In the 32s, a couple of surprises for this observer: – Lukas Le took out Alexi David Cocco Hayes in a tie-breaker. – Nico Miramontes downed fellow Mexican 18U player Mauricio Delgadillo 11-9 in the breaker. – Erik Garcia took out Sebastian Longoria, who is still playing in 16U, in two straight.
————- In the 16s… – Edson Martinez saved match point against before advancing against long time Japanese International player Hiroshi Shimizu. – Javier Estrada upset #3 seeded IRT regular Justus Benson in two straight, an unfortunate underseeding match-up that cost Benson a too-tough early round match.
10 of the 16 players in the round of 16 were Mexican … and all 8 of the quarterfinalists also hailed from south of the border.
—————— Next up for the WRT? No idea. The website is back up, but still shows data and tourneys from 2017 (which seems to indicate to me they suffered a pretty significant data crash and restored a very old backup). In 2018, the next event after the Longhorn Open wasn’t until May (the Georgia Open in Atlanta). Lets hope we get some announcements soon.
After a down year in 2018 and a website outage that fueled rumors of its demise, the World Racquetball Tour returns to action with its annual event held in conjunction with the most popular amateur event in the land, the 2019 Longhorn Open Racquetball Tournament held on the University of Texas campus in Austin.
Despite falling on the same weekend as the IRT event in Sioux Falls, the WRT pro draw has a solid 22 players, mostly local and Mexico based. We have several WRT regulars and should see a good tournament. As we’ll see below the bottom half of this draw is definitely the tougher side, and whoever comes out of it will have well-earned it.
Here’s a preview of possibly interesting matches by round:
In the 32s… – Texas native and collegiate player Lukas Le takes on Mexican vet Alexi David Cocco Hayes. – Alejandro Almada takes on Louisiana native Joseph Lee in an interesting first rounder. – Underseeded Javier Estrada takes on fellow Mexican Juan Loreto in the first round.
In the 16s, here’s some matches of possible note: – Edson Martinez faces off against long-standing pro Hiroshi Shimizu. Shimizu’s first entry in the database was in an IRT event in March, 2002. – Jordy Alonso takes on the winner of the Hayes/Le match – #4 seed Eduardo Garay Rodriguez takes on the Almada/Lee winner. – #3 seed Justus Benson gets a tough draw in his home-town tourney, having to face Estrada in the 16s. – #7 Alan Natera Chavez kicks off the tourney against another long-playing IRT pro in Shai Manzuri. Shimizu’s first appearance on tour was in 2002? Manzuri’s first was all the way back in Jan 1997, and he continues to represent Argentina internationally to this day. Amazing.
Projecting the Quarters: we could be seeing some good ball here.
– #1 Jaime Martell Neri is set to face #9 Edson Martinez. This is a winnable match for Martell, but the enigmatic Martinez can put losses on players easily enough. – #4 Eduardo Garay versus Jordy Alonso; Alonso is improving, but Garay has nearly arrived, with wins over top WRT and IRT pros and should advance here. – #6 Javier Mar would be my #1 seed if you were seeding this by my rankings; he takes on the equally dangerous #19 seed Javier Estrada. While Estrada has some marquee wins in the past year (Landa, Beltran), Mar is among the world’s elite and should advance. – #2 Alex Cardona takes on #7 Alan Natera. These two are neck and neck in my rankings; Natera getting great wins lately while Cardona’s ranking is slipping due to outside interests. This could go either way; i’ll give it to the former WRT champ on this day.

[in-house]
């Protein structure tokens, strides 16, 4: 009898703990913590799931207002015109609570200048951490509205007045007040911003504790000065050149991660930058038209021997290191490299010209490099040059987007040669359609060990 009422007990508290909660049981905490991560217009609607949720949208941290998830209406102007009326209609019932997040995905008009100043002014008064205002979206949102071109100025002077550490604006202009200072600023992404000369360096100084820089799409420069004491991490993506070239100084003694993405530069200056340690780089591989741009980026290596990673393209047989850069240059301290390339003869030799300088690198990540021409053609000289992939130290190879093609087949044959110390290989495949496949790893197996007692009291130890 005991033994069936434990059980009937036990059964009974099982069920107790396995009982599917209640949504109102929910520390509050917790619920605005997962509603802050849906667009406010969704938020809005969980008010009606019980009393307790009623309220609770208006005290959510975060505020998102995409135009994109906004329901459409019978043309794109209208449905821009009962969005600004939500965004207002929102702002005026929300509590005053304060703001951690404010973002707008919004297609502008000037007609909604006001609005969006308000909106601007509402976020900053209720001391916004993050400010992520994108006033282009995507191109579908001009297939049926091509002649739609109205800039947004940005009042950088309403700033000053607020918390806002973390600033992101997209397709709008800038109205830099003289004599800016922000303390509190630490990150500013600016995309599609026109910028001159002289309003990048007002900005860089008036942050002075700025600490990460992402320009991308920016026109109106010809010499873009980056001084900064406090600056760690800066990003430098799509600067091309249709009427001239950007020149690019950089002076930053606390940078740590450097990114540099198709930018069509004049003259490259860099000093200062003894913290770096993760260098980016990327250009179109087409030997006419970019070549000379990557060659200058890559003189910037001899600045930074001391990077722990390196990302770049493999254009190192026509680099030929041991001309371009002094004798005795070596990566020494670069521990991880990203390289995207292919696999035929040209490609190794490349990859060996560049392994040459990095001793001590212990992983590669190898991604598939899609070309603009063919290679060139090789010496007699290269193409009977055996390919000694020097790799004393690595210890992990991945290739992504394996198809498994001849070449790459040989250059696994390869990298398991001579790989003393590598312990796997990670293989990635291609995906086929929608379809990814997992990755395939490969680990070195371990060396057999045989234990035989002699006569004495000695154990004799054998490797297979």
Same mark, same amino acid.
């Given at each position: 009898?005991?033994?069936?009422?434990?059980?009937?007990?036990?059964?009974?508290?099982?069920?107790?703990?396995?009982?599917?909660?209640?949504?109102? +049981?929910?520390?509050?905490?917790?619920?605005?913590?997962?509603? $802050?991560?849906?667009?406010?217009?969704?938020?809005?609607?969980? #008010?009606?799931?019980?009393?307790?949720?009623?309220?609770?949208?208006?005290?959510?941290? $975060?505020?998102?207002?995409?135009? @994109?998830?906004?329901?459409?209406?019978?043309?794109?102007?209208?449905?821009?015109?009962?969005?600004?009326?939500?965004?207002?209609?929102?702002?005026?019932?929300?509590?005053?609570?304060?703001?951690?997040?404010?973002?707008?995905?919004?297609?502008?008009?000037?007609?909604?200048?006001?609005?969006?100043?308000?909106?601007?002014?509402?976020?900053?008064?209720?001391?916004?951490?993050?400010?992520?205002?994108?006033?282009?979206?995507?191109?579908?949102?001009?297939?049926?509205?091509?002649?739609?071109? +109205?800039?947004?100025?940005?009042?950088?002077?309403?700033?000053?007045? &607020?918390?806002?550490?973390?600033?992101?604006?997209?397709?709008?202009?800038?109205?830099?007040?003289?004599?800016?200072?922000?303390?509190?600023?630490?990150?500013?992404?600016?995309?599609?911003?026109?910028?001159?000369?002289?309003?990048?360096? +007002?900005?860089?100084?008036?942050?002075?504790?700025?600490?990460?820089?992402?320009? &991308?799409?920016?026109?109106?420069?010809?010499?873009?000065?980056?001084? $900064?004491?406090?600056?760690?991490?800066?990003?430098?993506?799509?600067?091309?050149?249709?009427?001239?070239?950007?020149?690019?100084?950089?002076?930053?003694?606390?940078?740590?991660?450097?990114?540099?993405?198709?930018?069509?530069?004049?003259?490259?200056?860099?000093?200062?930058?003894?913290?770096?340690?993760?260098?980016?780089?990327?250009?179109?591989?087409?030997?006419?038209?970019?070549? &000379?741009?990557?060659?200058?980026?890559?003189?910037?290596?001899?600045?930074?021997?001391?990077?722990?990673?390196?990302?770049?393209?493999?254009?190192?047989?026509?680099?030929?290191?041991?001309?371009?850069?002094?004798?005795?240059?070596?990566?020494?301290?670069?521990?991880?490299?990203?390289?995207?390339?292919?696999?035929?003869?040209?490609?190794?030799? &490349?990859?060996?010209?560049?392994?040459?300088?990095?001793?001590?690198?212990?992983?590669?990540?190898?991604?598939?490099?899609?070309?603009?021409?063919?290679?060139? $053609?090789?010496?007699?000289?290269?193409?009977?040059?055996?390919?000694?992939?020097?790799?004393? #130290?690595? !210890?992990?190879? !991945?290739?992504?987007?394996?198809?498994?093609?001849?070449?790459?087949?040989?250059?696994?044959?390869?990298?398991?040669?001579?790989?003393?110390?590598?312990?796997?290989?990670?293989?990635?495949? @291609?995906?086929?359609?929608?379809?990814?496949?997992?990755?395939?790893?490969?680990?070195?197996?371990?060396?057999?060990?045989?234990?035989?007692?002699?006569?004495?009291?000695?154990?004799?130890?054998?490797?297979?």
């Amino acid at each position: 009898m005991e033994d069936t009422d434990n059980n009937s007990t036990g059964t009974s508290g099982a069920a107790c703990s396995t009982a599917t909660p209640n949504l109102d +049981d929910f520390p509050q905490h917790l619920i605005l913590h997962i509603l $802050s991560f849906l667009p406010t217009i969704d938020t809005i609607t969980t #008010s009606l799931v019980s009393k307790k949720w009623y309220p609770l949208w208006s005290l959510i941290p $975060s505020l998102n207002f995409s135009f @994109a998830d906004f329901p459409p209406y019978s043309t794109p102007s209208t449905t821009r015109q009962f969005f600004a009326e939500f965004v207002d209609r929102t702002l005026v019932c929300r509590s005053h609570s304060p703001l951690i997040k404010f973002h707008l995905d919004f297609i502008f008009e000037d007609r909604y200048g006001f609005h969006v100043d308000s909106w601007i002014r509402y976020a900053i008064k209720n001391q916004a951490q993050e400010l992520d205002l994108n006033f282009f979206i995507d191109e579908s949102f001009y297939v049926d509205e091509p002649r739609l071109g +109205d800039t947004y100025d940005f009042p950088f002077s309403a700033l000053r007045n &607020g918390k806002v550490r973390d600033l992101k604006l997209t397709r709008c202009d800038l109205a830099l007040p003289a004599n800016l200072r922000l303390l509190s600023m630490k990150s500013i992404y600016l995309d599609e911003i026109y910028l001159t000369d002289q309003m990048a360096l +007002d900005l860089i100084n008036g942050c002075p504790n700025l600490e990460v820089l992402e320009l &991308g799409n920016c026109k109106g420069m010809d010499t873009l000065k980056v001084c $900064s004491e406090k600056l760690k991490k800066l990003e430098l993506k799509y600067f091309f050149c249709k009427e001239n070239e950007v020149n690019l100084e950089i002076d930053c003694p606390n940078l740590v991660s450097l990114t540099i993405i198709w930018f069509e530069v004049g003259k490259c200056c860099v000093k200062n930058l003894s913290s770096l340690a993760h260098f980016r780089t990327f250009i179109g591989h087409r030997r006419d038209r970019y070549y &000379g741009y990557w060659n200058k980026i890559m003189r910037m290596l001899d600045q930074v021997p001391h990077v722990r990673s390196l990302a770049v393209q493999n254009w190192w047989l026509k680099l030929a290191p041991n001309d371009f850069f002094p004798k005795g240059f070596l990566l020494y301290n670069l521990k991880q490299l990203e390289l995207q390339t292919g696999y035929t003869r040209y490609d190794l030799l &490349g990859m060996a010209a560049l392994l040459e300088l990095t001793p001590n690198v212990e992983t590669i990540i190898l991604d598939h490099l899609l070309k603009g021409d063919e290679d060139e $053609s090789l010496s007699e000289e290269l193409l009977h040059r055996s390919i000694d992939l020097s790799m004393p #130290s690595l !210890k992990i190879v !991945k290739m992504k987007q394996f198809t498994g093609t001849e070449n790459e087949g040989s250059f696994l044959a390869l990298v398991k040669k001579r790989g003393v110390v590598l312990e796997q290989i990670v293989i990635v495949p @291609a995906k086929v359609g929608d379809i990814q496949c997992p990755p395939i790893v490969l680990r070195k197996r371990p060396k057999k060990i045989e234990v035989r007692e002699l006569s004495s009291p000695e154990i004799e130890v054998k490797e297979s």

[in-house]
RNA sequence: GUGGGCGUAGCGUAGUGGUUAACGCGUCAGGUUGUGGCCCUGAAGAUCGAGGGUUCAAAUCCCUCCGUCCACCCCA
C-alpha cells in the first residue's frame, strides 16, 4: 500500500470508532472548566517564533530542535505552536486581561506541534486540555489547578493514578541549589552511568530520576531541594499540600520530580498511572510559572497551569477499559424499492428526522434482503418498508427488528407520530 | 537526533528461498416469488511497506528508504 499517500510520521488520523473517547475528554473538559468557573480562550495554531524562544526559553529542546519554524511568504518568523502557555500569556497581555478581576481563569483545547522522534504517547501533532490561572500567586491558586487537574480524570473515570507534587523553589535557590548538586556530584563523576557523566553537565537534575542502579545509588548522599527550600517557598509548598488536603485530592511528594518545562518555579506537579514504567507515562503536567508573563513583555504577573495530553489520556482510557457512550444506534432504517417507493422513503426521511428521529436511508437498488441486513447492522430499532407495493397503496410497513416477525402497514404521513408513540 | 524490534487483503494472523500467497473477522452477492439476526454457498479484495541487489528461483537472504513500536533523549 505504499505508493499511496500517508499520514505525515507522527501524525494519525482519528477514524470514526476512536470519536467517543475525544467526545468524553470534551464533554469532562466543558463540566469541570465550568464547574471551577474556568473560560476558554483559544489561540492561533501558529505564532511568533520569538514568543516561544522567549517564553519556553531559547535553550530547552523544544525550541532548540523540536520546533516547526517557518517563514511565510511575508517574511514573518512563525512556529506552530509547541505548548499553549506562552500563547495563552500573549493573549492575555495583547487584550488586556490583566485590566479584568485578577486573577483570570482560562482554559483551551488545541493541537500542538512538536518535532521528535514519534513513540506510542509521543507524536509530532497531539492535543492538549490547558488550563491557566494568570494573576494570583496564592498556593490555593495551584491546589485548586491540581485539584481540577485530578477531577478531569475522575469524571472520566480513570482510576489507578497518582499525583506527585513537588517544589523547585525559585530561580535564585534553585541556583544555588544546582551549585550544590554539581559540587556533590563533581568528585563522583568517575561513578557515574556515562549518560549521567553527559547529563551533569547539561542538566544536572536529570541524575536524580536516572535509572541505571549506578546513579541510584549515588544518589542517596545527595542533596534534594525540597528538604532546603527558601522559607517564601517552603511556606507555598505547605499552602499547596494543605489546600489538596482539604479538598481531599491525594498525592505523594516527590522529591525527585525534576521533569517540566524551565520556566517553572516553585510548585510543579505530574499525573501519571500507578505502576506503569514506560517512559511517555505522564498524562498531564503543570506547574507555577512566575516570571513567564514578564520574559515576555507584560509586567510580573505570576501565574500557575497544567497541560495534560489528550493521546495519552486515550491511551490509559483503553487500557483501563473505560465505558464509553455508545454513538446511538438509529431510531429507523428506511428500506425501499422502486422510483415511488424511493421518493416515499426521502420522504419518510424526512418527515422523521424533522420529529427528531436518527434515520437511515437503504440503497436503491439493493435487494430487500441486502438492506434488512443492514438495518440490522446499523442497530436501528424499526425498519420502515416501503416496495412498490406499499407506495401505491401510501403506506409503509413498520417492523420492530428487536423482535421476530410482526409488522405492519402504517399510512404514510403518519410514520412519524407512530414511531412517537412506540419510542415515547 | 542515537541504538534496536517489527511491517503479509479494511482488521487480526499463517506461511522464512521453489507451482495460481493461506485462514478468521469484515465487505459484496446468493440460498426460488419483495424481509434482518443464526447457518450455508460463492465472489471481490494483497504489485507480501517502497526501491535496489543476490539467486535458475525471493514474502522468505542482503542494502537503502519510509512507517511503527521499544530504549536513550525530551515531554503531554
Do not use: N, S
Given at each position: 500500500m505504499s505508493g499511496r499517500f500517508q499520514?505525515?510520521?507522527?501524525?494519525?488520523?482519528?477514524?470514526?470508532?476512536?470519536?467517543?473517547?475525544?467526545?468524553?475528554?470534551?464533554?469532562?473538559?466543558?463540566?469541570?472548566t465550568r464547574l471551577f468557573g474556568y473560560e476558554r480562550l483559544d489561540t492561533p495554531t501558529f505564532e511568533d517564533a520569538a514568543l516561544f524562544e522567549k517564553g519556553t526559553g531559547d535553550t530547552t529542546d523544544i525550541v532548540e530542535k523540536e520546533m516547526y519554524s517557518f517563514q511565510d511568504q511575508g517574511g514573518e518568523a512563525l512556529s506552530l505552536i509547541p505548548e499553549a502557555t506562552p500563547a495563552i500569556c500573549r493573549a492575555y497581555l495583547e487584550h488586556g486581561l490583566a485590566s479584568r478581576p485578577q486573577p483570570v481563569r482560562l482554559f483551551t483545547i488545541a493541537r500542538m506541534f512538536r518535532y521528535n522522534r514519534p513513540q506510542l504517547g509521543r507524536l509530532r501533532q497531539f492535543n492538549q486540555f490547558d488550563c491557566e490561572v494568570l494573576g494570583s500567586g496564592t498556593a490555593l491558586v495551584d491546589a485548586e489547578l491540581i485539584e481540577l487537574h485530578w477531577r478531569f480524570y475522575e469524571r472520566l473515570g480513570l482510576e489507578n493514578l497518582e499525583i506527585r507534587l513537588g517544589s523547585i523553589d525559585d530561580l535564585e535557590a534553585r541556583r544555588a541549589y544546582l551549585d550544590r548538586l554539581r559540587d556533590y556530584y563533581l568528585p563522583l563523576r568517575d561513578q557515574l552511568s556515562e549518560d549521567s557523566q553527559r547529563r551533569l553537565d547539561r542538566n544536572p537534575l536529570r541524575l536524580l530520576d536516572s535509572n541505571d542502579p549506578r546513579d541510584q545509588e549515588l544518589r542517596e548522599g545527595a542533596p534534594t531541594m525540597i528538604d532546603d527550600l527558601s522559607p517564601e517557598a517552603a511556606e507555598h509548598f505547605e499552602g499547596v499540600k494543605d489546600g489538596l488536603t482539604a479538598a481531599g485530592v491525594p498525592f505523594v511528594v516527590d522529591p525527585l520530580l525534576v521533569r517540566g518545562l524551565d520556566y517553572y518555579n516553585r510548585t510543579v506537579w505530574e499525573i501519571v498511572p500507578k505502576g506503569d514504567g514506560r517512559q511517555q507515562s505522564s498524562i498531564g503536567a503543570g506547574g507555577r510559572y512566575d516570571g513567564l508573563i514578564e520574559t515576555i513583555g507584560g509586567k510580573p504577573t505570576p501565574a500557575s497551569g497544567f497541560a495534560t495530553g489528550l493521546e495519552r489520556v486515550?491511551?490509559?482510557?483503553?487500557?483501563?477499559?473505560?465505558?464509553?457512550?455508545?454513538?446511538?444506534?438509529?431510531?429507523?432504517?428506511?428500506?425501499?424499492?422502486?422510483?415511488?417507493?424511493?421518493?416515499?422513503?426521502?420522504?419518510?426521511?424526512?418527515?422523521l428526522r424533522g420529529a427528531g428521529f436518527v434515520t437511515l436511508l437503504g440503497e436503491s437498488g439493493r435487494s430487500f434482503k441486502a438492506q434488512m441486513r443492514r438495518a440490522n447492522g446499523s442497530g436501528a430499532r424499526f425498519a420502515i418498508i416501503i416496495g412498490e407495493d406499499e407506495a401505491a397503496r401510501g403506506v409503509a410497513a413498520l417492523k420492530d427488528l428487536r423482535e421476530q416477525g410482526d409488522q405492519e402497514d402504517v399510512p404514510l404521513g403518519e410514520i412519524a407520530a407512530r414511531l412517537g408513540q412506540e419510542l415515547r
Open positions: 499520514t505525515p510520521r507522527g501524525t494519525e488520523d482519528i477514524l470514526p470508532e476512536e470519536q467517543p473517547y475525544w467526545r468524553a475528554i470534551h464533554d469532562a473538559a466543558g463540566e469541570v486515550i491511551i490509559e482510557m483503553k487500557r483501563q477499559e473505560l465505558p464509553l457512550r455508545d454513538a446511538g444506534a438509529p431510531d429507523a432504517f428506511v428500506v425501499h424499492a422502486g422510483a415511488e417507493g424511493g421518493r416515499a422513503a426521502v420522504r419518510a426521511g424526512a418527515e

Projecting the Semis; – Martell v Garay: I like Garay’s game … but I think Martell wins on this day. – Mar vs Cardona: An old-school match-up of two of Mexico’s best. I don’t have them meeting in a pro event since 2015, and a lot has happened since. Mar takes the match on this day.
Final: Mar over Martell.
In the doubles draw, I’m going with a #1 vs #2 final, with Mar making it a double on the weekend paring with Garay to take out Martell/Natera.
Happy Holidays! During this little break in the tournament action, here’s some content for everyone to argue about. 🙂 This is my current Men’s World Top 50. Thanks to the ever-widening popularity of the sport, multiple tours and the inability for some top players to play the International Racquetball Tour regularly, the IRT rankings do not really give a full picture of the current state of the world game. This attempts to do so.
I have rankings divided into “groups” so this isn’t a hard and fast 1-50 necessarily, as I’ll explain as we go.
Usual caveats: this is my opinion. No offense intended if you think someone is too high or too low. This is for entertainment purposes only. Its mostly stat/match result based. Its tough to do pure 1-50 b/c of game style match-ups (i.e., a guy in the 30s always beats a guy in the 20s for some reason, but can’t beat anyone in-between). Also, one big win over a top 10 player does not make you a top 10 player … i’ve noted solid wins for players below the top of this list, but look for consistent results over and again before rising up the ranks.
I hope you enjoy!
1. Kane Waselenchuk Large Gap to #2: Kane is head and shoulders ahead of anyone else.
2. Rocky Carson Smaller Gap to #3-6; Rocky still has a lead over the next group and continues to demonstrate it on the court.
I have these guys 3-6, and they’re constantly changing positions. Up until the Mexico Open I had Landa above Montoya, but then Montoya got him H2H. Honestly, I think they’re a coin flip for #3 and #4 right now. Meanwhile, DLR is 3-6 H2H against Landa across senior events so i’ve got him just below Landa … just beat Parrilla and Montoya to win in Monterrey, but lost to Montoya at Mexican Nats earlier this year. Parrilla beat Landa at the past US Open but for me day in, day out is slightly below these other three. On any given Sunday though, these four can all put losses on each other. It is not a surprise that these four were then fou semi-finalists in Monterrey earlier this month.